After the Atlanta Symphony Orchestra performed Michael Kurth’s “A Thousand Words” at the University of Georgia in 2016, ASO Music Director Robert Spano called Kurth up from the audience to join him for a bow.
Kurth, who has spent 24 years as an ASO bassist, is more comfortable on the bandstand but likes to sit in the crowd when one of his compositions is performed. As they soaked up the applause, Spano turned to Kurth and said, “We should do a whole CD of your stuff.” Kurth was so flummoxed that he didn’t immediately respond, so Spano asked, “Don’t you think that’s a good idea?”
Kurth began to fear Spano might change his mind, so he finally blurted out an affirmative response. “It was apparently something that had just occurred to him at that moment,” Kurth says. “He’s a little impulsive, and I’m grateful for that. It’s just a stunning thing when someone offers you something like that. It’s hard to react.”
Now, three years after that fateful evening, the ASO has released Everything Lasts Forever (ASO Media), an album of Kurth’s music conducted by Spano that features mezzo-soprano Kelley O’Connor and the Atlanta Symphony Orchestra Chamber Chorus.
The disc features four of Kurth’s works: “Everything Lasts Forever,” “A Thousand Words,” “May Cause Dizziness” and “Miserere.” They were all featured during the ASO’s 2017–18 season leading up to the recording session. The performances were viewed as trial runs, and inspired revisions to all the pieces. “All the things on the CD had revisions after their premiere,” Kurth says. “You make adjustments. You have to. But it’s like, when is a painting done? How many layers is Rembrandt going to put on the thing? At a certain point, you have to let go.”
Kurth was born in Virginia and took up the bass in the fourth grade. One of his early inspirations was Donald “Duck” Dunn of Booker T. & The MGs, the Stax Records studio band that backed up Otis Redding, Wilson Pickett and Sam and Dave. “When I first got a bass guitar, the Blues Brothers soundtrack was stuff I learned to play by ear,” he says.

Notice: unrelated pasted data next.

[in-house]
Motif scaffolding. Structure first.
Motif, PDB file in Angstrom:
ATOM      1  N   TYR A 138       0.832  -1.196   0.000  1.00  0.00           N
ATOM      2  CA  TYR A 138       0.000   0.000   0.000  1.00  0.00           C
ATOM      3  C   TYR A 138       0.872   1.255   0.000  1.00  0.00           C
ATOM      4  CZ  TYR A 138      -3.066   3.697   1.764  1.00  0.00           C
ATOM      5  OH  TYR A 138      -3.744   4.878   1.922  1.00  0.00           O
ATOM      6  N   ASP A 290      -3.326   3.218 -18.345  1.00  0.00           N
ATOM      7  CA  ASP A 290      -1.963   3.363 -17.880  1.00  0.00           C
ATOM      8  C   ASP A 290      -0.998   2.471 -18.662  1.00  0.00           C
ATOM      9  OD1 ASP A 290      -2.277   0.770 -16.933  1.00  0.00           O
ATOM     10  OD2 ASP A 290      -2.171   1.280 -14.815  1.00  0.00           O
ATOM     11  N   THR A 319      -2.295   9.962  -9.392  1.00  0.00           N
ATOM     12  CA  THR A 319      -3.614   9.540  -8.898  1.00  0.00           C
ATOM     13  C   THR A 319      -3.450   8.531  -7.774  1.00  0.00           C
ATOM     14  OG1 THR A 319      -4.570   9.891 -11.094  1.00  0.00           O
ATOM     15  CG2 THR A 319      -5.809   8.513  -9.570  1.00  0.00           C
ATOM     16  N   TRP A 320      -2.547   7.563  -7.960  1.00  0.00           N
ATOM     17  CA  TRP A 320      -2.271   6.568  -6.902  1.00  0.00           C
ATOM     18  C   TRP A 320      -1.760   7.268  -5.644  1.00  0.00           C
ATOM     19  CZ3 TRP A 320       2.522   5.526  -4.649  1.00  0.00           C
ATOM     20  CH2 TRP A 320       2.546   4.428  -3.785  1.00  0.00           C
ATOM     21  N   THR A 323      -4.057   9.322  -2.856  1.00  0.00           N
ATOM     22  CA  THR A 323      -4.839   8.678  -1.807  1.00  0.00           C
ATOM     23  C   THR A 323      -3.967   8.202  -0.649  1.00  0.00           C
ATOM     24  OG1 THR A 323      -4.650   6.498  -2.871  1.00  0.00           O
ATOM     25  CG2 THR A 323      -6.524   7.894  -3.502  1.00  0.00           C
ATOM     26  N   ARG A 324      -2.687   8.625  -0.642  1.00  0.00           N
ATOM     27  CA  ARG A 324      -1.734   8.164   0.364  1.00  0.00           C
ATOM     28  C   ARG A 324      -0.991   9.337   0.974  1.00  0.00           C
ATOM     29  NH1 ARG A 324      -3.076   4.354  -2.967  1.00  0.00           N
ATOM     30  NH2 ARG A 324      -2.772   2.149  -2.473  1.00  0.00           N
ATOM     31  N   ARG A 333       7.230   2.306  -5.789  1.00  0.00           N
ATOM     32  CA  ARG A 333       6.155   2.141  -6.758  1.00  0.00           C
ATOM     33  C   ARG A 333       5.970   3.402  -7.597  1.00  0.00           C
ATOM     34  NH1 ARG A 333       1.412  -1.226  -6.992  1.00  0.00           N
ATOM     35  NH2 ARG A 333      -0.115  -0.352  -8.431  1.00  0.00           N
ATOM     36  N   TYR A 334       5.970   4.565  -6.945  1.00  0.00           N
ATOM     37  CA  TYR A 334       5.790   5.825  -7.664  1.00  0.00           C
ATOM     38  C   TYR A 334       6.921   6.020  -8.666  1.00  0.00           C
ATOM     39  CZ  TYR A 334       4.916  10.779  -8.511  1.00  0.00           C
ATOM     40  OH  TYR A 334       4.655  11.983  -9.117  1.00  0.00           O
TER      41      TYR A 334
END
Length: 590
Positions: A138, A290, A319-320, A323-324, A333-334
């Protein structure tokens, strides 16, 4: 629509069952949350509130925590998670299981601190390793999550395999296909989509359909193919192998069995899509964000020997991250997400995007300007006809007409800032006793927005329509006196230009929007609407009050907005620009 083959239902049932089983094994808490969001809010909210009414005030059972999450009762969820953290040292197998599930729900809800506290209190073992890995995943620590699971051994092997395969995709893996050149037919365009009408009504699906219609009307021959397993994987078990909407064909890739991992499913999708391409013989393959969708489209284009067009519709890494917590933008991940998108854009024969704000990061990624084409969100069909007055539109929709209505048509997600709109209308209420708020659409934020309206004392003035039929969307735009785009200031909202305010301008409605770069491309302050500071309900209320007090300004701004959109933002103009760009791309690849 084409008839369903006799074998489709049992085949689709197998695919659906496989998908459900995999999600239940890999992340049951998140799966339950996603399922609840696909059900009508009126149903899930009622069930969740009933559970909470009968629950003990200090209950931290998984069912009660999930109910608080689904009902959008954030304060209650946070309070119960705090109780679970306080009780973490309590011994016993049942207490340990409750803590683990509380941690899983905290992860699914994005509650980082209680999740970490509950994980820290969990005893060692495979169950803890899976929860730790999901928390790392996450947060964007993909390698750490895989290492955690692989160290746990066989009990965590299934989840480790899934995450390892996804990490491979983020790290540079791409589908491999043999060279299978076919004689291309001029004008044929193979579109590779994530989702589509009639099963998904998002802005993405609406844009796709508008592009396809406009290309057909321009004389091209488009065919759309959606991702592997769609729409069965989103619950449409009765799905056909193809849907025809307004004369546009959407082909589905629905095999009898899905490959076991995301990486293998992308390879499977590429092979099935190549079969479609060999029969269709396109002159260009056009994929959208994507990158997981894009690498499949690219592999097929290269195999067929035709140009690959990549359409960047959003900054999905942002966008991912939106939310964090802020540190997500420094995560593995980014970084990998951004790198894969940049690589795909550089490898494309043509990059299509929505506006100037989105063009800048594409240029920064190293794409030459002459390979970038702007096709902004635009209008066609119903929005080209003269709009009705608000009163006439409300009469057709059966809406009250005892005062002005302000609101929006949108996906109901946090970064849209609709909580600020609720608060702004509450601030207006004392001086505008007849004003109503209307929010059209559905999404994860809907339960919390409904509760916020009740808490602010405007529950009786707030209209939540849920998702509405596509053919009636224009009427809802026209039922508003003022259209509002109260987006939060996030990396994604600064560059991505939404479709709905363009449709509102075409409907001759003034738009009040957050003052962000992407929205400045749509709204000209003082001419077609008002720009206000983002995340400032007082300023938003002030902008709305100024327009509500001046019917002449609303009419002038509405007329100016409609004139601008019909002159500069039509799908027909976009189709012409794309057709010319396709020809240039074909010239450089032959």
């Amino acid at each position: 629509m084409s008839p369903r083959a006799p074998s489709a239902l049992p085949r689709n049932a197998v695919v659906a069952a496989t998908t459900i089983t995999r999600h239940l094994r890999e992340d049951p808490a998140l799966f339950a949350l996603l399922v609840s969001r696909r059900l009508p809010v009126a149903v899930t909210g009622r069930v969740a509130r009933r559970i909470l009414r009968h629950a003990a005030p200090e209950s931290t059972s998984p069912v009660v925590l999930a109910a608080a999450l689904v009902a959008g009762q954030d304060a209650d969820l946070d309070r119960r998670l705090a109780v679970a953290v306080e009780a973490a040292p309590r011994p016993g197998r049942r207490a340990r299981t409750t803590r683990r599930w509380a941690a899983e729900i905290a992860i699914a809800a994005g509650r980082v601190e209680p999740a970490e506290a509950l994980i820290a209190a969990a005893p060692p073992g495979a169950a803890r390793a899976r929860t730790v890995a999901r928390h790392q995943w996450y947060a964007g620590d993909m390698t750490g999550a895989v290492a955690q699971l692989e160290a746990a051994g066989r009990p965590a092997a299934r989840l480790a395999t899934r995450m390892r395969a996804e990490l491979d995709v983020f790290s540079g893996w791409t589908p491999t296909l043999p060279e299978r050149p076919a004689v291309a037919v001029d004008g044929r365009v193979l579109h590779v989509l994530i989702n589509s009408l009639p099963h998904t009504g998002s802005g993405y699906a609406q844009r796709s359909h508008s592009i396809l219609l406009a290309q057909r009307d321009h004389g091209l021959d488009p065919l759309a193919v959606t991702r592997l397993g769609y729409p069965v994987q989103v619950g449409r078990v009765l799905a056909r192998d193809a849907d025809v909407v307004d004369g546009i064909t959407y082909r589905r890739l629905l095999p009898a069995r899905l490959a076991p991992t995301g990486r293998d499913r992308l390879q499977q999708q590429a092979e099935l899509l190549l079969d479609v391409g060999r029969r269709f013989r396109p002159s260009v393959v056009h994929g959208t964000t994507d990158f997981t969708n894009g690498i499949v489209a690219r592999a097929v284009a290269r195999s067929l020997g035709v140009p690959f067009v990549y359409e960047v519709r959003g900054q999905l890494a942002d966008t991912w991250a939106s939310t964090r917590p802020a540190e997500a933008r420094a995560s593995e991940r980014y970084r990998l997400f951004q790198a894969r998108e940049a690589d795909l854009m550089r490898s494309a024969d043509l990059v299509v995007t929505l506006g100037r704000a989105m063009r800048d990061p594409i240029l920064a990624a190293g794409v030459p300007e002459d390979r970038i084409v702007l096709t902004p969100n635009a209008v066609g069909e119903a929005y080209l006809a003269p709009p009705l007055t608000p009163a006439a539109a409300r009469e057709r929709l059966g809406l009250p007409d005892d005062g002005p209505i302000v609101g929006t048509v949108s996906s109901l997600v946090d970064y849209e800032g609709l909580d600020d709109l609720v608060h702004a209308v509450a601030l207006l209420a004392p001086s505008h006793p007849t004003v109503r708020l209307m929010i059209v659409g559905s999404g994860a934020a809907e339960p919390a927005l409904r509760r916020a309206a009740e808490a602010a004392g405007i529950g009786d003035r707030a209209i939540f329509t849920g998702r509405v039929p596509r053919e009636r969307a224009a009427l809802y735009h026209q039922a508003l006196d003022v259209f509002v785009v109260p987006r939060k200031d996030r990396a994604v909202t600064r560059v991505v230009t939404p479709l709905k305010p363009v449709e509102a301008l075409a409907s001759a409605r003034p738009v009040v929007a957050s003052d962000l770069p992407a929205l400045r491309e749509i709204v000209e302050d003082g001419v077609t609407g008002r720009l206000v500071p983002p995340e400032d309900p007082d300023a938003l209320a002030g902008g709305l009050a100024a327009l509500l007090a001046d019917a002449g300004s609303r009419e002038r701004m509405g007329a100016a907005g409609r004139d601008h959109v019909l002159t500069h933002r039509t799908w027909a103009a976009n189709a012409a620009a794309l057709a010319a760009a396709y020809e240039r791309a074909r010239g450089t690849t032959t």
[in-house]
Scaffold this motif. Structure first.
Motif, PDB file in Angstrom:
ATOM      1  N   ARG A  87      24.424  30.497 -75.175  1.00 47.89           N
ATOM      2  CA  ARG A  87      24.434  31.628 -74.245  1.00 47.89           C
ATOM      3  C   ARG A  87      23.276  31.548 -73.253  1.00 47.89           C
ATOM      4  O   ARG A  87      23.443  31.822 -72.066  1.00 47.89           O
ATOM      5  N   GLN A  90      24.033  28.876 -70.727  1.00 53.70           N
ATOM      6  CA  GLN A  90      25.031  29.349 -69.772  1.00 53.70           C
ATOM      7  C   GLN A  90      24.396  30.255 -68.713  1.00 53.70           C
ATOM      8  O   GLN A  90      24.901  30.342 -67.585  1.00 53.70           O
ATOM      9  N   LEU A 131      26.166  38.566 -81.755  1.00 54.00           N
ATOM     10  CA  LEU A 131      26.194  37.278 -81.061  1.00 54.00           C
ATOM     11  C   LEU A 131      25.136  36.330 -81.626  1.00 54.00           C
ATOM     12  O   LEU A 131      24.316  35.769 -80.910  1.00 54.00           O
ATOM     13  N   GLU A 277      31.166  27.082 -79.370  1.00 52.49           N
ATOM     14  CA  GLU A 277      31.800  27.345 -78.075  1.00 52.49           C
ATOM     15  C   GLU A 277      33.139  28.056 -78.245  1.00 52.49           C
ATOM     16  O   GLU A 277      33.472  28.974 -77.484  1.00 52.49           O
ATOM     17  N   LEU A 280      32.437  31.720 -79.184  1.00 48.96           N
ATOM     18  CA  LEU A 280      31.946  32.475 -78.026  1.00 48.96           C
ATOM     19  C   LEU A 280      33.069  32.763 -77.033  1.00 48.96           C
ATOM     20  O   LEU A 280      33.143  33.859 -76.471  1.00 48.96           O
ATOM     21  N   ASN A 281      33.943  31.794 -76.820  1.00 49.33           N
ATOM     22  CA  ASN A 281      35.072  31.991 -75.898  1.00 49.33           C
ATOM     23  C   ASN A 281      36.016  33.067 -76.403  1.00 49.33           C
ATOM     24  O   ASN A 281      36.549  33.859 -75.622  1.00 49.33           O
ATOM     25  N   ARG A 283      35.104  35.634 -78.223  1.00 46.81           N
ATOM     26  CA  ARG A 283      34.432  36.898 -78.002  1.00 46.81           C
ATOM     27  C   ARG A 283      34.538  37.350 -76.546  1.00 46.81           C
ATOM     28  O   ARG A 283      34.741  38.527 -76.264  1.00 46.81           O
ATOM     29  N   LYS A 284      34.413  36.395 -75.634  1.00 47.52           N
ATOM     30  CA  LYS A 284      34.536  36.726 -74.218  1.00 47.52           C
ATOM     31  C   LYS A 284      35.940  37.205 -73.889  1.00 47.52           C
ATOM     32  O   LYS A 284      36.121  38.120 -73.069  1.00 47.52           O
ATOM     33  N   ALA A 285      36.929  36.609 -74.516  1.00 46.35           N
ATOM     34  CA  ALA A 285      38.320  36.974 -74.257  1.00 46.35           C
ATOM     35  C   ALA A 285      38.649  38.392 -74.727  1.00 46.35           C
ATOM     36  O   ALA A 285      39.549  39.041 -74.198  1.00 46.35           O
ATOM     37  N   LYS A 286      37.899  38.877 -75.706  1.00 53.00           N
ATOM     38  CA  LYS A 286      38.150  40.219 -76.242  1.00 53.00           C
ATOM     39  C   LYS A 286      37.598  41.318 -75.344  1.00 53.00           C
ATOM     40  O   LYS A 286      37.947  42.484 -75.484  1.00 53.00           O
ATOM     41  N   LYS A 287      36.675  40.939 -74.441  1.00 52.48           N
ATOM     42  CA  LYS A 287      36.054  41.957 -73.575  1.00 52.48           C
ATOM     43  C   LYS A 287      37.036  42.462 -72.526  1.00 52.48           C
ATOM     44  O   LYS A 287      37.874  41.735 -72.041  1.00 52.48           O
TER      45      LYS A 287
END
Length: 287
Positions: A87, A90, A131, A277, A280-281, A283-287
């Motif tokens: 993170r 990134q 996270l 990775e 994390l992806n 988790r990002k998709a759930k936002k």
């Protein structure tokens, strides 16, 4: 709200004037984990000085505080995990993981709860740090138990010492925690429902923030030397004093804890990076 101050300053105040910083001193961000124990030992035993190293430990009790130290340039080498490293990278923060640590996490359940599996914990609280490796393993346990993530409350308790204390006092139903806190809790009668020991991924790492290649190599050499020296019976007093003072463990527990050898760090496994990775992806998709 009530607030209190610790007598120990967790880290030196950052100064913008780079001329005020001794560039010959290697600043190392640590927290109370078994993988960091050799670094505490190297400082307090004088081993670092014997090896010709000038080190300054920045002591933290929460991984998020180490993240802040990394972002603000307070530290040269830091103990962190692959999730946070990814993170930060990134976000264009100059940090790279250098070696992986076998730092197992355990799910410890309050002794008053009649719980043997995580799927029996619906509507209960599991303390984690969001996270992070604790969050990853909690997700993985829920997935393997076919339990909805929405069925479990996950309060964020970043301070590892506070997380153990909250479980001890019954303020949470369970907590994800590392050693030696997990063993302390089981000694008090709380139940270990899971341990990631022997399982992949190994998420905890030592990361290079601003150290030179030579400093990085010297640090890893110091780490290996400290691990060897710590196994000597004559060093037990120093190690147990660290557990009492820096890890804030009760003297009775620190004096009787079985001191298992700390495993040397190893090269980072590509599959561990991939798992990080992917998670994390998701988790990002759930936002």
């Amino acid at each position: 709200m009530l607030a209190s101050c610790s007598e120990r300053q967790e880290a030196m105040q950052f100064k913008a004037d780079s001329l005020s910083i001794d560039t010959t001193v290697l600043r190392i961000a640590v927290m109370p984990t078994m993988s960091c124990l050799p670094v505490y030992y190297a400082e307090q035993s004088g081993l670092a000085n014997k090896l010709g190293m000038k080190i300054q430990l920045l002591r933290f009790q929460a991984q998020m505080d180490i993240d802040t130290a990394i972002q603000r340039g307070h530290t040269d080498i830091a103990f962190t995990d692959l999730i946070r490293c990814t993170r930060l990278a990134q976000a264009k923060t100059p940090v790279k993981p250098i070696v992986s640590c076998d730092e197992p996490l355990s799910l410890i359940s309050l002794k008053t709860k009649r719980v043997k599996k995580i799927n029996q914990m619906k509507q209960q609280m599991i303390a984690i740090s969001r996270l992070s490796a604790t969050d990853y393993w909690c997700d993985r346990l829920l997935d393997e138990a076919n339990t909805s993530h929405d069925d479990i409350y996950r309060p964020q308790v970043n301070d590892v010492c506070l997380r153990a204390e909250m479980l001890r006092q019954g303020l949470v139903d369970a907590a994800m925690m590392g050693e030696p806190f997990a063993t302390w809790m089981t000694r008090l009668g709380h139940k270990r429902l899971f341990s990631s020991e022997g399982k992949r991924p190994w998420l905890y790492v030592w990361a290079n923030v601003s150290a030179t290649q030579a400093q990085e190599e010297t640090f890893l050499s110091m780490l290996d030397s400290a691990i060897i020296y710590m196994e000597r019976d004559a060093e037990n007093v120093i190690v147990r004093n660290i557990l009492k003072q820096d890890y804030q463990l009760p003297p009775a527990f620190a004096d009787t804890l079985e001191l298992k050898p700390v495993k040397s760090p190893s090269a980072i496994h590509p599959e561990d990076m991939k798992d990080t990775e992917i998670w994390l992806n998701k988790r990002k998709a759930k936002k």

Dunn’s approach helped inform Kurth’s playing. “I enjoy the role of the bass; I like being in the back,” he says. “In almost every genre of music in the world, the bass provides the harmonic and rhythmic foundation. It’s like the sidewalk the main character walks on. If there’s no sidewalk, the character is going to go astray or fall off the cliff. If there’s a sidewalk, he’s got a path.”
Kurth graduated from the Peabody Conservatory and joined the ASO in 1994. His first orchestral piece for the ASO was a fanfare called “May Cause Dizziness” that debuted in 2011.
At the time, Spano and principal guest conductor Donald Runnicles were about to celebrate their 10th anniversary with the orchestra, and commissioned 10 fanfares from favored composers. As that happened, Kurth purchased a software package designed to aid in composing and decided to write a fanfare so he could play with the software and learn how to use it.
Kurth played his fanfare for Evans Mirageas, the ASO’s artistic administrator, who not only liked it but promised to reserve it as a substitute if any of the 10 commissioned pieces failed to materialize. One composer didn’t meet his deadline, and once Spano heard “May Cause Dizziness,” he commissioned a longer work from Kurth that turned into “Everything Lasts Forever.”
The composer’s daily commute took him by the Krog Street tunnel, and he took inspiration from the graffiti he saw there. The first movement, “Toes,” was inspired by the moniker of street artist Harrison Keys. That piece debuted in 2013, followed by an even longer work, “A Thousand Words,” that debuted in 2016, and “Miserere,” which featured the orchestra’s chamber chorus. All four works are performed on the CD.
A new Kurth piece — Sonata for English Horn and Piano — will be debuted Friday night at the Schwartz Center for Performing Arts by the ASO’s Emily Brebach and pianist Tim Whitehead.
Kurth’s pieces have also been performed by The Florida Orchestra, the Melbourne Symphony, the Houston Symphony, the Kansas City Symphony and the local chamber groups Riverside Chamber Players, Atlanta Chamber Players and the Peachtree String Quartet.
Just as not all dancers choreograph, not all classical musicians compose. Many prefer to be the canvas through which others create. But Kurth feels driven to write his own music. “Composing is like that spackle I fill the crack with,” he says. “It’s just the language I happen to speak. It’s where I itch. I’ve often compared it to when you have to sneeze. You can’t not sneeze. The urge arises, and the sneeze happens.”